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Title: Cav1.1  
Author: World Heritage Encyclopedia
Language: English
Subject: Thyrotoxic periodic paralysis, Channelopathy, Erythrokeratodermia variabilis, Bart–Pumphrey syndrome, Clouston's hidrotic ectodermal dysplasia
Collection: Ion Channels
Publisher: World Heritage Encyclopedia


Calcium channel, voltage-dependent, L type, alpha 1S subunit
Available structures
PDB Ortholog search: PDBe, RCSB
Symbols  ; CACNL1A3; CCHL1A3; Cav1.1; HOKPP; HOKPP1; MHS5; TTPP1; hypoPP
External IDs IUPHAR: ChEMBL: GeneCards:
RNA expression pattern
Species Human Mouse
RefSeq (mRNA)
RefSeq (protein)
Location (UCSC)
PubMed search

Cav1.1 also known as the calcium channel, voltage-dependent, L type, alpha 1S subunit, (CACNA1S), is a protein which in humans is encoded by the CACNA1S gene.[1] It is also known as CACNL1A3 and the dihydropyridine receptor (DHPR, so named due to the blocking action DHP has on it).


  • Function 1
  • Clinical significance 2
  • Blockers 3
  • See also 4
  • References 5
  • Further reading 6
  • External links 7


This gene encodes one of the five subunits of the slowly inactivating L-type voltage-dependent calcium channel in skeletal muscle cells. Mutations in this gene have been associated with hypokalemic periodic paralysis, thyrotoxic periodic paralysis and malignant hyperthermia susceptibility.[1]

Cav1.1 is a voltage-dependent calcium channel found in the transverse tubule of muscles. In skeletal muscle it associates with the ryanodine receptor RyR1 of the sarcoplasmic reticulum via a mechanical linkage. It senses the voltage change caused by the end-plate potential from nervous stimulation and propagated by sodium channels as action potentials to the T-tubules. It was previously thought that when the muscle depolarises, the calcium channel opens, allowing calcium in and activating RyR1, which mediates much greater calcium release from the sarcoplasmic reticulum. This is the first part of the process of excitation-contraction coupling, which ultimately causes the muscle to contract. Recent findings suggest that in skeletal muscle (but not heart muscle), calcium entry through Cav1.1 is not required; Cav1.1 undergoes a conformational change which allosterically activates RyR1.[2]

Clinical significance

In hypokalemic periodic paralysis (HOKPP), the voltage sensors in domains 2 and 4 of Cav1.1 are mutated (loss-of-function), reducing the availability of the channel to sense depolarisation, and therefore it cannot activate the ryanodine receptor as efficiently. As a result, the muscle cannot contract very well and the patient is paralysed. The condition is hypokalemic because a low extracellular potassium ion concentration will cause the muscle to repolarise to the resting potential more quickly, so any calcium conductance that does occur cannot be sustained. It becomes more difficult to reach the threshold at which the muscle can contract, and even if this is reached then the muscle is more prone to relaxing. Because of this, the severity would be reduced if potassium ion concentrations are maintained. In contrast, hyperkalemic periodic paralysis refers to gain-of-function mutations in sodium channels that maintain muscle depolarisation and therefore are aggravated by high potassium ion concentrations.[3]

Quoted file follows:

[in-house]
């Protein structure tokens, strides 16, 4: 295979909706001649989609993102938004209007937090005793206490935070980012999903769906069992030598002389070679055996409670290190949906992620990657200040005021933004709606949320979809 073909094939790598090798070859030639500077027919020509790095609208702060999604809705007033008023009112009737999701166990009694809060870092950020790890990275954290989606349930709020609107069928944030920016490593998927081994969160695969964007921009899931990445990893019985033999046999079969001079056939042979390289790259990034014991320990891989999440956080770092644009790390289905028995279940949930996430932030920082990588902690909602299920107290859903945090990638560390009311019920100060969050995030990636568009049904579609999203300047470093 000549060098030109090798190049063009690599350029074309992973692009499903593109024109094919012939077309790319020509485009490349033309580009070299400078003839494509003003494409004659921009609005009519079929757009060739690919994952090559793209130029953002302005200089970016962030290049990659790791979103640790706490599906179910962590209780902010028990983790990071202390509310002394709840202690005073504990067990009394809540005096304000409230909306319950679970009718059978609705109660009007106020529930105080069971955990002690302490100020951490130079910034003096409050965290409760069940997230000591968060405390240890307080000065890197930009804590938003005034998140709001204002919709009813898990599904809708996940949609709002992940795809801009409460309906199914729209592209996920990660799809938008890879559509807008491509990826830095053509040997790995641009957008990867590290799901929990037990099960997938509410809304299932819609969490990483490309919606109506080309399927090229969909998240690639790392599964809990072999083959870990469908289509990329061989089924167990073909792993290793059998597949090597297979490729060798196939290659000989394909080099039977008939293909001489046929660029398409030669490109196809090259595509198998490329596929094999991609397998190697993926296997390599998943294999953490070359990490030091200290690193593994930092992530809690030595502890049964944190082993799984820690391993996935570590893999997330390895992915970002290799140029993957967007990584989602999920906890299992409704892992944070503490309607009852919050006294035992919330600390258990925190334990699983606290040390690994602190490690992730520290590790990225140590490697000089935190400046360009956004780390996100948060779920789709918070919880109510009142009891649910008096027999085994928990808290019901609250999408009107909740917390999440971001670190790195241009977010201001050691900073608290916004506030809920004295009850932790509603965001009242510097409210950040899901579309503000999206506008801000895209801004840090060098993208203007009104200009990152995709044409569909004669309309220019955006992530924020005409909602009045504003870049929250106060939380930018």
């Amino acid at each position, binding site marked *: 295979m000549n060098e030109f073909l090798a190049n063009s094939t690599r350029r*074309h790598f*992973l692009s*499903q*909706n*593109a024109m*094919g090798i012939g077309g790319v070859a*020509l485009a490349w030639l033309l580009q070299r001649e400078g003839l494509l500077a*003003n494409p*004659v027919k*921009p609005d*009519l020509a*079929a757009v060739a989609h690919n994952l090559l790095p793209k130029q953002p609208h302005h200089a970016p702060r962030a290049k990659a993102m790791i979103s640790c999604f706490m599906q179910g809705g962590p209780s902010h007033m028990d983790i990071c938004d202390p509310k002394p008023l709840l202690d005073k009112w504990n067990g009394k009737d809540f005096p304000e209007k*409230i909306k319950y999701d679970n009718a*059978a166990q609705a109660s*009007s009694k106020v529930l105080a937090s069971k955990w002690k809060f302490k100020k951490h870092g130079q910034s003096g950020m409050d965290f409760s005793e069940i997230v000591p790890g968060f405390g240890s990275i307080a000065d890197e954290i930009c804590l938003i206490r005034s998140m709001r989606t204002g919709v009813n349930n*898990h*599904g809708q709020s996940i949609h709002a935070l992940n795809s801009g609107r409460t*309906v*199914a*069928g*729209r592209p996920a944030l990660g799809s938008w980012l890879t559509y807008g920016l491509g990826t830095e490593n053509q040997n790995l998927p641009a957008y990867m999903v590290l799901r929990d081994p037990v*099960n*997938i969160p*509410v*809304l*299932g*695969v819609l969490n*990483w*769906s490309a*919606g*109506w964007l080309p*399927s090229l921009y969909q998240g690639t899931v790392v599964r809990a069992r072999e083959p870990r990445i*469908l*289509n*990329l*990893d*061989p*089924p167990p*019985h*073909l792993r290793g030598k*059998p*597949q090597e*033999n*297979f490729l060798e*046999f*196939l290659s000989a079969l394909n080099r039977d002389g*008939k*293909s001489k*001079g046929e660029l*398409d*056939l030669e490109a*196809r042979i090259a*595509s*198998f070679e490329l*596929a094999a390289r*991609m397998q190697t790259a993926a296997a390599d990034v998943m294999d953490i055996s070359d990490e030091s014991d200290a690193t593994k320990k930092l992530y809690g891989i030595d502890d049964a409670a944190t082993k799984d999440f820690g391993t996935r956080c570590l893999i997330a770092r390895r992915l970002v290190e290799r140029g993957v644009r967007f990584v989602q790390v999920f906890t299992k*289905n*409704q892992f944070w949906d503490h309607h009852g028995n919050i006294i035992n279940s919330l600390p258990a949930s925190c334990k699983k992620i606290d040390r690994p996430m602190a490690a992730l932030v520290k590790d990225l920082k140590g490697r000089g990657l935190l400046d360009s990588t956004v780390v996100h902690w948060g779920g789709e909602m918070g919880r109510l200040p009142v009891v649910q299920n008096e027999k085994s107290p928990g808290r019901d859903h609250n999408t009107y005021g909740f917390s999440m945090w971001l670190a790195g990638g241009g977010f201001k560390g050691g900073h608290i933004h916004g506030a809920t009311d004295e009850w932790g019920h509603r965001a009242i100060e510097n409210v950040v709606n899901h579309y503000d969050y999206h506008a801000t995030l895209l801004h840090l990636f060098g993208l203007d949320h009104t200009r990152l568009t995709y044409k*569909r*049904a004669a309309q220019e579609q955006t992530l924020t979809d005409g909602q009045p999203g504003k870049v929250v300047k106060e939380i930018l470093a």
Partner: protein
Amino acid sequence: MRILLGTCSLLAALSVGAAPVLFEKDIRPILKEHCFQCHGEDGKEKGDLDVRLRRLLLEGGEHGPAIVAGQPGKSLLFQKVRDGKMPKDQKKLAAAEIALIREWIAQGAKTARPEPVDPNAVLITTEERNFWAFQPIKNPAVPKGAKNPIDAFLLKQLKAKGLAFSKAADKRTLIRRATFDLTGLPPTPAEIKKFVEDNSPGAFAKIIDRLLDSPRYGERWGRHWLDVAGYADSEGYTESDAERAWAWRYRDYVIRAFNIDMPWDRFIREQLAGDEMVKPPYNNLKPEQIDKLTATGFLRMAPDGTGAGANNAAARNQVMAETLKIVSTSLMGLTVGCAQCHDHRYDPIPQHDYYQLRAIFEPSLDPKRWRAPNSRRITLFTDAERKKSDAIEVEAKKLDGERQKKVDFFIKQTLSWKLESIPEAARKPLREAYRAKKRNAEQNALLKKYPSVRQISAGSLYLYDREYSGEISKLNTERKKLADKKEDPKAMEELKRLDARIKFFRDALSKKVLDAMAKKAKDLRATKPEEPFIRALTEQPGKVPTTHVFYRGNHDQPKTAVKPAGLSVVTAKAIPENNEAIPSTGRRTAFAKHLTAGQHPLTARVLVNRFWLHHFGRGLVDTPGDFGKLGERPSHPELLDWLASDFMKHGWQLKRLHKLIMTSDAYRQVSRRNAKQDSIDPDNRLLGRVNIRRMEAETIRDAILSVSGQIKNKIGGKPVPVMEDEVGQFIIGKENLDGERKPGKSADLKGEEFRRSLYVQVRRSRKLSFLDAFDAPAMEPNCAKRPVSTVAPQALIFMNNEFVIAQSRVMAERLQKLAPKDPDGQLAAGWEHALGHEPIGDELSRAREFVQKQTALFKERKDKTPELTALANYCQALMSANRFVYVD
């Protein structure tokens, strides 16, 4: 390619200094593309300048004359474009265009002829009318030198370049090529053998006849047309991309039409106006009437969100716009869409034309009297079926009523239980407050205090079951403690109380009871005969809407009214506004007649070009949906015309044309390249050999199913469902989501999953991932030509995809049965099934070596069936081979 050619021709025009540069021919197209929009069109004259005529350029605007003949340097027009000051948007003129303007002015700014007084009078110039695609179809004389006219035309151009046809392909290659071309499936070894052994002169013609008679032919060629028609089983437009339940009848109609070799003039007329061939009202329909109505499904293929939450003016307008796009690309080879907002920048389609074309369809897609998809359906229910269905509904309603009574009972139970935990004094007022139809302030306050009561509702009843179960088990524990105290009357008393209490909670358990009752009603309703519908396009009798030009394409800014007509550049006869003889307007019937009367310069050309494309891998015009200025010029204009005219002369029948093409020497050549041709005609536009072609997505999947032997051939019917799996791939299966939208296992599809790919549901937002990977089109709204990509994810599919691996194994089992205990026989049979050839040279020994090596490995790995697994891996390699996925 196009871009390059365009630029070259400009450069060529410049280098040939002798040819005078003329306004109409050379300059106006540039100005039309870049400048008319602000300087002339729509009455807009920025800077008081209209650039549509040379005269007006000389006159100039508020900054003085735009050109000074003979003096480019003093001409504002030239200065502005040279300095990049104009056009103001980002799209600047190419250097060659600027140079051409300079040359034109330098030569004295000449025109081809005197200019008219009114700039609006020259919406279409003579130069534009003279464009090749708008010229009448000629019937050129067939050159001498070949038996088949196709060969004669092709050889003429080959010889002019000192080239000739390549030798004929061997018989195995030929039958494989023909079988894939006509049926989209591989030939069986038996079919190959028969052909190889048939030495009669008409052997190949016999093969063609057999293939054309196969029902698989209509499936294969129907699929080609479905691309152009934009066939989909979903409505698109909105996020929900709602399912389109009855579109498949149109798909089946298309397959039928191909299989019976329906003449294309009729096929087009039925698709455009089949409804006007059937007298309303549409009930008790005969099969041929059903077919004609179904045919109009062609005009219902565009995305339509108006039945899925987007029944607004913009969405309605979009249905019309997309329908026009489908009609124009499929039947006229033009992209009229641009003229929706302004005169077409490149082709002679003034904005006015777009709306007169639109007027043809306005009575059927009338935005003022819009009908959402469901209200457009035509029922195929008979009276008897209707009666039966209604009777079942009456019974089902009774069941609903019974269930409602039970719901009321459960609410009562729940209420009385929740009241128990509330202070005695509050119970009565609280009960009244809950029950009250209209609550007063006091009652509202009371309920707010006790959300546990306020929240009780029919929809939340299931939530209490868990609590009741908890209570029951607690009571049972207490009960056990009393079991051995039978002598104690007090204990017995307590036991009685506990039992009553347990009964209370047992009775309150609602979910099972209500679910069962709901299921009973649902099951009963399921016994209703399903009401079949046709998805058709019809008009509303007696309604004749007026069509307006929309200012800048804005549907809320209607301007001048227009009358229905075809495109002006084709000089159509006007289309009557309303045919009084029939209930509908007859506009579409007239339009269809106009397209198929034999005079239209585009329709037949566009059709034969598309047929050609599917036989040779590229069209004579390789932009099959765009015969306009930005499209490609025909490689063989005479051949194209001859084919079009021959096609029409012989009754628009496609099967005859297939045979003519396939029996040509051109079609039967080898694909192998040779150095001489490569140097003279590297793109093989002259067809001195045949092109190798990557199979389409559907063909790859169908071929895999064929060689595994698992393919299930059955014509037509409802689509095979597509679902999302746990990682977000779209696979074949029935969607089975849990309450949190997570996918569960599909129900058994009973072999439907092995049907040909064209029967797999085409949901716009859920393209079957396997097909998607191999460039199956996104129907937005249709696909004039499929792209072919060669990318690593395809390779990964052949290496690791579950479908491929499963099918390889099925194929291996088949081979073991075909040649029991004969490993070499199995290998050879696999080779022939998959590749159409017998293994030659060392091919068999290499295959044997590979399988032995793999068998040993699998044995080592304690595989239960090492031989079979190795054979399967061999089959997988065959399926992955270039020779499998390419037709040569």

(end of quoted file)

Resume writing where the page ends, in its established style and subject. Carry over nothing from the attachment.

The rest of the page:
Cav1.1 is blocked by dihydropyridine.

See also


  1. ^ a b "Entrez Gene: CACNA1S calcium channel, voltage-dependent, L type, alpha 1S subunit". 
  2. ^ Proenza C, O'Brien J, Nakai J, Mukherjee S, Allen PD, Beam KG (February 2002). "Identification of a region of RyR1 that participates in allosteric coupling with the alpha(1S) (Ca(V)1.1) II-III loop". J. Biol. Chem. 277 (8): 6530–5.  
  3. ^ Jurkat-Rott K, Lehmann-Horn F (August 2005). "Muscle channelopathies and critical points in functional and genetic studies". J. Clin. Invest. 115 (8): 2000–9.  

Further reading

  • Catterall WA, Perez-Reyes E, Snutch TP, Striessnig J (2006). "International Union of Pharmacology. XLVIII. Nomenclature and structure-function relationships of voltage-gated calcium channels". Pharmacol. Rev. 57 (4): 411–25.  
  • Rotman EI, De Jongh KS, Florio V, et al. (1992). "Specific phosphorylation of a COOH-terminal site on the full-length form of the alpha 1 subunit of the skeletal muscle calcium channel by cAMP-dependent protein kinase". J. Biol. Chem. 267 (23): 16100–5.